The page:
“What happened?”

“A crazy horse. I could see the white of his eyes and knew it spelled trouble. Sure enough, the horse reared and there was crashing, clanging and yelling. I don’t blame your filly, she’s a good girl.”

“But she probably thinks the gate’s a monster about to eat her up,” Lara says.

“Yeah, well, she’ll get over it,” Bernie says.

“I’m glad you’re okay,” Jake says.

“I’m fine. But I’m going home. Back tomorrow.”

“Okay.”

“What are your next steps?” asks Lara.

“Stitches for that cut and the farrier for her foot.”

“Then what?”

“It depends what the vet and farrier say, but I won’t be taking her back to the gate for a while.”


Lara shows up at the stall door the next day, first thing. She knows Jake will be nursing his filly and doing everything he can for her. The man has had a lot of poor quality horses and never had a lucky break. You need money to buy a well-bred thoroughbred, or you need owners who are willing to trust their fancy horses to you. Jake hasn’t either. But he has Stardust. Lara likes her, and she’s going to do what she can to help.

“How’s the patient?”

“The farrier patched the hoof and we think the shoe will hold. And only two stitches for the cut.”

“Good.”

“I’m going to hand-walk her.”

“Can I help?”

“No, we’re okay.”

Lara watches Jake leading the filly round the shedrow. Stardust is full of energy and frustrated with the restricted exercise, and Jake’s flagging.

“Jake, do you have an extra bale of straw?” asks Lara. He stops, glad for a break, drops of sweat glistening on his brow.

“Help yourself.”

“Can we exchange favours? Jen has a few minutes and she can be trusted to walk your filly.”

Jake hesitates. Lara smiles and touches his arm.

“I just don’t want to be in your debt.”

“Okay, thanks.”

Jen walks faster than Jake, despite her shorter legs. After four more laps, Jake takes Stardust out to nibble on the grass and feels a smidgen of the optimism return.


The next day Lara is absent. Jakes misses her soft voice talking to her horses, her smile and her calm, easy-going assurance. An emptiness and uneasiness hangs around him.

He sees Jen filling up a water bucket.

“Where’s Lara?”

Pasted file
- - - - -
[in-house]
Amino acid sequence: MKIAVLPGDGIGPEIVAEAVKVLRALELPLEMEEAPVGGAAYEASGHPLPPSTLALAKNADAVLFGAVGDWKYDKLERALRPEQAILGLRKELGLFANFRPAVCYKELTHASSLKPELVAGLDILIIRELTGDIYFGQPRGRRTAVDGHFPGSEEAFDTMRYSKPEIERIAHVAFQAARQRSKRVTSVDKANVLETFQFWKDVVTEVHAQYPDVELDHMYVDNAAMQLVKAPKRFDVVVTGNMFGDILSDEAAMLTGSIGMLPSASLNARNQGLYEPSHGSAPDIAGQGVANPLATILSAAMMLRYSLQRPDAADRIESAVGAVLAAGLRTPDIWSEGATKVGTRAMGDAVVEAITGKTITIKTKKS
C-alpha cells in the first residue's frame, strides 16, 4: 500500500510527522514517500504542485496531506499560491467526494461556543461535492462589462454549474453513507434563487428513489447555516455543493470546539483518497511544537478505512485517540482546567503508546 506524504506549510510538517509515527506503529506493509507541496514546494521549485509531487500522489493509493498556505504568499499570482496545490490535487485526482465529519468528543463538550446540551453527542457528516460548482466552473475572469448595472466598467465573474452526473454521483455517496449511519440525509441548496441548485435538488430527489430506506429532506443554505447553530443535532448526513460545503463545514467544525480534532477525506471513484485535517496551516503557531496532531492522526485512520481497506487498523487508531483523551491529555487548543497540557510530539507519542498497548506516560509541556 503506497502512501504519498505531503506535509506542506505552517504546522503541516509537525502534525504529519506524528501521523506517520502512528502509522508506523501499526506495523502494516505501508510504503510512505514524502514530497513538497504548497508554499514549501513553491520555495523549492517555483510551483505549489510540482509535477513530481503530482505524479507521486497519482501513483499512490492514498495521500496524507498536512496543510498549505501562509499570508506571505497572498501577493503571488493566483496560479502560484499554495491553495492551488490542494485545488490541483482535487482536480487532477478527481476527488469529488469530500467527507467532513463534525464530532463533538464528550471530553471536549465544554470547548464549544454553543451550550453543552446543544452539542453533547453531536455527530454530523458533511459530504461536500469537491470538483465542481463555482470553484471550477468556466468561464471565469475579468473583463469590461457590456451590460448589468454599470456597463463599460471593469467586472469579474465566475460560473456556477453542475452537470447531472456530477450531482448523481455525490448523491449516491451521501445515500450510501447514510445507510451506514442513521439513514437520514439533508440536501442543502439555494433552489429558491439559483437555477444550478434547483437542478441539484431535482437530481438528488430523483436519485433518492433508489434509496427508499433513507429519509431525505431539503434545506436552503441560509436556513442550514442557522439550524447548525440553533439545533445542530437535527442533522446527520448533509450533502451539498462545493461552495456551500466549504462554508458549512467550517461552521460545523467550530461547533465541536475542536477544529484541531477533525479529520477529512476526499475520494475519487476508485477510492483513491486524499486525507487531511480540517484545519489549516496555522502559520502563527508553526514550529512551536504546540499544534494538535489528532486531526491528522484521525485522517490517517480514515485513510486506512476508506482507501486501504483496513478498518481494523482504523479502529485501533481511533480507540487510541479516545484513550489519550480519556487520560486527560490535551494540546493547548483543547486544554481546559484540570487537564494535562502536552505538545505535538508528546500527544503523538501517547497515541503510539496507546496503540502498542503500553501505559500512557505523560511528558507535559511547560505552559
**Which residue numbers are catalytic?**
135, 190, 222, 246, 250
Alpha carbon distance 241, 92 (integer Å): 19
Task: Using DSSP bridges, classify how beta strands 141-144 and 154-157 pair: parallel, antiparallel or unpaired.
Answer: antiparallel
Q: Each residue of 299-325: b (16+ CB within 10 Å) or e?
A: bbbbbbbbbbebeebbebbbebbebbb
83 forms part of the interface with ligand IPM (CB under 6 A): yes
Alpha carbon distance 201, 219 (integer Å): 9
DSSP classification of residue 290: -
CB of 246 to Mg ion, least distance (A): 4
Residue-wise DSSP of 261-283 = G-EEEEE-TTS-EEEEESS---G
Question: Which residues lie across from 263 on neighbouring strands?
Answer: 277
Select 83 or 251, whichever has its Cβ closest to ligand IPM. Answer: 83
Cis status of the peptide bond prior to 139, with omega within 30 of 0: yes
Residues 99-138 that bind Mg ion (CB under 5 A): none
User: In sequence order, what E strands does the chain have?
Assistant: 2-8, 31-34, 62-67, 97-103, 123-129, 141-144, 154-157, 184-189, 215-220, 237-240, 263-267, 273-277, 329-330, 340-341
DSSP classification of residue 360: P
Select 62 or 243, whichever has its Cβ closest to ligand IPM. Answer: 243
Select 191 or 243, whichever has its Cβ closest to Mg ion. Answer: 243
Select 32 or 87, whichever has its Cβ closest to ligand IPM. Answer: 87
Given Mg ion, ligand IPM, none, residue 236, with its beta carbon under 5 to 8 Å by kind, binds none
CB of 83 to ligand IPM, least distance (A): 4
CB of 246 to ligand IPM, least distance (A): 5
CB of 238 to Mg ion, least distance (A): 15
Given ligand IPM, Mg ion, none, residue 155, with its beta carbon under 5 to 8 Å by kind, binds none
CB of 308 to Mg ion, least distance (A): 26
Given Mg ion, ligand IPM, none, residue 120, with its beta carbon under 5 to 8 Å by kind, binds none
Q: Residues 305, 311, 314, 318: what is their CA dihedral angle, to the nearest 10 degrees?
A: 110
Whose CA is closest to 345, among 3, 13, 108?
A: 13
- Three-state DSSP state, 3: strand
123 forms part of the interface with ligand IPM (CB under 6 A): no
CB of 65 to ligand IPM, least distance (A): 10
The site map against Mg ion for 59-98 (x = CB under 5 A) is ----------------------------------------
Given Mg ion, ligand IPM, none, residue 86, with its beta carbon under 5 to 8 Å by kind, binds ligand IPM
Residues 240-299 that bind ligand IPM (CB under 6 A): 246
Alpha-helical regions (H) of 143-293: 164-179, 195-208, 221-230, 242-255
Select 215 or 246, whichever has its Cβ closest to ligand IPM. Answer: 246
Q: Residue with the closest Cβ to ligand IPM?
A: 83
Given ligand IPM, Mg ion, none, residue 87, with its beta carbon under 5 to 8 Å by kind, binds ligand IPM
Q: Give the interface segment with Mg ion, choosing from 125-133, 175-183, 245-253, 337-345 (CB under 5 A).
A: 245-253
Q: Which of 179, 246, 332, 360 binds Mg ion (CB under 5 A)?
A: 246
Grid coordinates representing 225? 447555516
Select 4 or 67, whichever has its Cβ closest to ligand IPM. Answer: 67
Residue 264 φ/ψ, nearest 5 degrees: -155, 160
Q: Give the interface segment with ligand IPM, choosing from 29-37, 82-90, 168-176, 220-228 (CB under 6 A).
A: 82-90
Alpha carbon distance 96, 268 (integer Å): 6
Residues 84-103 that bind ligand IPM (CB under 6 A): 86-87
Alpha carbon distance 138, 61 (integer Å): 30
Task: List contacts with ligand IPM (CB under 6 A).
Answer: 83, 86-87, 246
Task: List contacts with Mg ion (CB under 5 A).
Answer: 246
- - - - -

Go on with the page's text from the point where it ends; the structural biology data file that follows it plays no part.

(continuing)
“Her son’s sick.”

“Oh, I didn’t know.” Jake stops himself.

“It’s tough for her sometimes.”

“Need any help?”

“Aren’t you trainers in competition with one another?” Jen winks at him.

“Only when we’re in the same race.”

“Thanks, but we’re fine.”


Stardust’s schedule is set back by two weeks. Lara says she’ll talk to the gate staff and arrange for the filly to be with her four-year-old, who is cool, calm and collected about the starting gate.

All goes well.

Jake can’t find a good jockey to ride Stardust for her timed works. Lara makes a couple of calls and gets the third-highest-ranking rider.

“Why all this help?” asks Jake. He’s feeling more and more indebted to her.

“’Cause I think you’re a good trainer, a good horseman and you have a beautiful filly who deserves a fair chance.”

“I owe you a lot.”

“Okay, if you mean that, you can do something for me.”

“Sure.”

“You can babysit.”

“Oh, wow. I don’t know anything about kids.”

“It’ll be no issue. Lenny is three. Stories, milk, teeth, bed, that’s it. I’ll only be out from 6pm to 9pm.”

“Okay.”


Lenny selects ten books. They’re about horses, dogs, cats and farm animals and Jake finds he has a penchant for making animal noises, which Lenny mimics. The boy laughs and claps his hands, and asks for the same stories to be read again and again.

Jake is drawn to this happy, kind child. But there is something eating at him. He assumes that Lara is on a date, and she’s coming home at nine o’clock because she has to get up at 4.30am to go to the track.

“I hope it was a nice date,” Jake says, trying to sound light.

“Oh, it wasn’t a date. I helped my granny move into a retirement home. I told her I could give her three hours, thanks to you.”


It’s only twenty days until the race which Jake has chosen for Stardust, and she has a puffy ankle. There’s no heat, no cut. It’s another one of those puzzlers that horses throw at you all the time.

People throw them too. He catches himself before his voice, carrying Lara’s name, floats down the shedrow. Lara’s hiding her face from him. She’s moving stiffly and she’s not talking to the horses. Something’s wrong and he doesn’t know what to do.

He straightens up, takes a deep breath and walks towards her, outfitted in new blue jeans and a red golf-shirt. She’s bending over a feed bucket wearing yesterday’s clothes, her hair un-brushed. He takes one step back, then two forwards.

“Lara, are you okay?”

“No.” Sniff.

“Can I help?”

“No-one can.”

“Tell me.”

She lifts her head and looks at him. Her red eyes are brimming with tears, her face ashen.

“He’s taken Lenny.”

“Who’s taken him?”

“His father.”

“Let’s sit in my truck and you can tell me.”

“I noticed your filly has a puffy ankle. Jen could put some salve on it.”

“Thanks.”

They sit in the truck in silence for a minute, watching the pigeons fly in circles around the barn roof.